Colleagues Past And Present Pay Tribute To Denise D'Ascenzo | Connecticut Public Radio
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Colleagues Past And Present Pay Tribute To Denise D'Ascenzo

Dec 9, 2019

The death of longtime news anchor Denise D’Ascenzo is being felt across the state, and many of her colleagues continue to pay tribute to her work and her life. 

D’Ascenzo’s longtime broadcast partner at WFSB, Dennis House, fought back tears when he reported the news on Saturday’s broadcast, the night she died.

“On a personal note, she was my sister, my TV wife, my best friend here, and my co-anchor for 25 years,” he said.

In a video posted to WFSB's website, station general manager Dana Neves remembered starting at the station as an intern and first meeting D’Ascenzo.

“We were instantly friends,” she said. “TV’s daunting and it’s kind of scary when you’re an intern, and there’s this super-famous woman in the newsroom, and she’s the first person to come over. I will be forever thankful that I knew her.”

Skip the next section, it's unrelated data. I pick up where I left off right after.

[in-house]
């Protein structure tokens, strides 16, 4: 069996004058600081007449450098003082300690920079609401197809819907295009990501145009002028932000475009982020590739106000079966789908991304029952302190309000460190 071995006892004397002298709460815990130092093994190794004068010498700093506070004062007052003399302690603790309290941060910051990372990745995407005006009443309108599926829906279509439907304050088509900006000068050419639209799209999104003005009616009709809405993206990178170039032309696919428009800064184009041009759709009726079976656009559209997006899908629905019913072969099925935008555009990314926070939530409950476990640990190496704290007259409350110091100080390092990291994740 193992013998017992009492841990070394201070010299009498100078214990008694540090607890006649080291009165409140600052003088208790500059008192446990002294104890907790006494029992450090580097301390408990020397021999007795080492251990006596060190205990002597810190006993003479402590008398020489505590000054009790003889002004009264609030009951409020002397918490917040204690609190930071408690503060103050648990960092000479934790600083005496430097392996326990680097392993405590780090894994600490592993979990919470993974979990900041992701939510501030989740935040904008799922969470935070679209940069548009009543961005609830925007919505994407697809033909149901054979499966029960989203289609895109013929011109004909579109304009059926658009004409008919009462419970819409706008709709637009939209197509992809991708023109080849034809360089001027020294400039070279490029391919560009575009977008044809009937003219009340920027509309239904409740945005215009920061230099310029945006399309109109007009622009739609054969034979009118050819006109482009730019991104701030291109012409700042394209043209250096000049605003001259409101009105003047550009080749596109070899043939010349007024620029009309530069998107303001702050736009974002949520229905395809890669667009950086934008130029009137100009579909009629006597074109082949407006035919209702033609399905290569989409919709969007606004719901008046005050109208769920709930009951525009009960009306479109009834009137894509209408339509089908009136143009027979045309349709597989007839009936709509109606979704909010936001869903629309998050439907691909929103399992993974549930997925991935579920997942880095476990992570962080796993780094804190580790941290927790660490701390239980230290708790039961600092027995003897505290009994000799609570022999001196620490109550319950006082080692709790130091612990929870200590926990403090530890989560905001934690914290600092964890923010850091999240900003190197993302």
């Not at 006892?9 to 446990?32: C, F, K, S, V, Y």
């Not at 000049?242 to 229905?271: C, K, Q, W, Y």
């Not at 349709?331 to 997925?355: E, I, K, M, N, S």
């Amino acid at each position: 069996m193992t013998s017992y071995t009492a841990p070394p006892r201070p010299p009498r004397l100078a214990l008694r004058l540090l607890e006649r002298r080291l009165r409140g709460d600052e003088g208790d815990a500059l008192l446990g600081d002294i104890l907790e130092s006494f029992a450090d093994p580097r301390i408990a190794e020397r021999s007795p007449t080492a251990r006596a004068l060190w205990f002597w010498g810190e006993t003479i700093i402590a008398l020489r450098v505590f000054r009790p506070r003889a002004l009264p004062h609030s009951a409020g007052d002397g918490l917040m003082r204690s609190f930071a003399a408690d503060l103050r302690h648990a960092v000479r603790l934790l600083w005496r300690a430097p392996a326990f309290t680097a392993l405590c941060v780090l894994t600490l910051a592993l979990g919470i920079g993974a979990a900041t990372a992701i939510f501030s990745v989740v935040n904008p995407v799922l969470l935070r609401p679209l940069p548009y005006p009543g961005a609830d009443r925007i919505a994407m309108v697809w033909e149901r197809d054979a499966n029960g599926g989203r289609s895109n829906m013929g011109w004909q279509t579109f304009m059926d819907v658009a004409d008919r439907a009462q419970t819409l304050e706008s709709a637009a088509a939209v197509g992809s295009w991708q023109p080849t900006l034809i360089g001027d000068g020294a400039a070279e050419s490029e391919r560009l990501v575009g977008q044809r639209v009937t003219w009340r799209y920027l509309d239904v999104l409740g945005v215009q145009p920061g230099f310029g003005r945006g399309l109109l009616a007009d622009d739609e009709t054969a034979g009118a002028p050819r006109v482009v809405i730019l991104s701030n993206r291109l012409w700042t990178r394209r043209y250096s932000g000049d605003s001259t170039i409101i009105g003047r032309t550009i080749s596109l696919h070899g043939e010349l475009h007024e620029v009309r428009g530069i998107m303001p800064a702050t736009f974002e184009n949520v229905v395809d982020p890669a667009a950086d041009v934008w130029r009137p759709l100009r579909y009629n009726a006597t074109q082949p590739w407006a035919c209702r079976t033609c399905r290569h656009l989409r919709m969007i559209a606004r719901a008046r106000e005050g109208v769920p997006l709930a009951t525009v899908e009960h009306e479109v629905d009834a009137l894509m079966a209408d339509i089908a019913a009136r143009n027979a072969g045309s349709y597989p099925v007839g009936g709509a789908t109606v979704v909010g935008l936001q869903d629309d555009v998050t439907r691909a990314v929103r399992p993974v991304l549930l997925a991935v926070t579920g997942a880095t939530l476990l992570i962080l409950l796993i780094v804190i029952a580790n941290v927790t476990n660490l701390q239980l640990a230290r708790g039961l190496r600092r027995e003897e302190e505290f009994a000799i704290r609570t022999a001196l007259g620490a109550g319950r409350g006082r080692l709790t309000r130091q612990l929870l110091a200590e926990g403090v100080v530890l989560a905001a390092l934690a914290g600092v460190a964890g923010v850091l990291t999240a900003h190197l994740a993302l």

Station staff were given access to grief counselors after the Saturday evening death. “We’ll do this, we will get through, lean on each other, and remember all the good,” pledged Neves.

D’Ascenzo began anchoring WFSB’s Eyewitness News in 1986. CBS News anchor Gayle King shared her thoughts on the loss of her former colleague on air Monday morning as a video of the two working together in Connecticut ran on-screen.

"She was there for 33 years, I was there for 18. She won 11 Emmys in her career. Connecticut Gov. Ned Lamont described her as a news legend, which is true,” said King.

King said she spoke with the family, who told her that D’Ascenzo felt some indigestion Saturday morning and that after taking antacid tablets, she went to bed -- but she never woke up. Her family believes that her death was due to a heart attack.

Duby McDowell was a political reporter at WFSB in the 1990s. Now she runs a local PR firm and maintains The Laurel, a blog that keeps tabs on the Connecticut media industry.

“She was just such a source of happiness in the newsroom, and I think the reason her colleagues are just devastated is that she was the team leader, the comforting mom -- everything that you want in a colleague,” McDowell told Connecticut Public Radio.

D’Ascenzo was 61. She leaves a husband and daughter.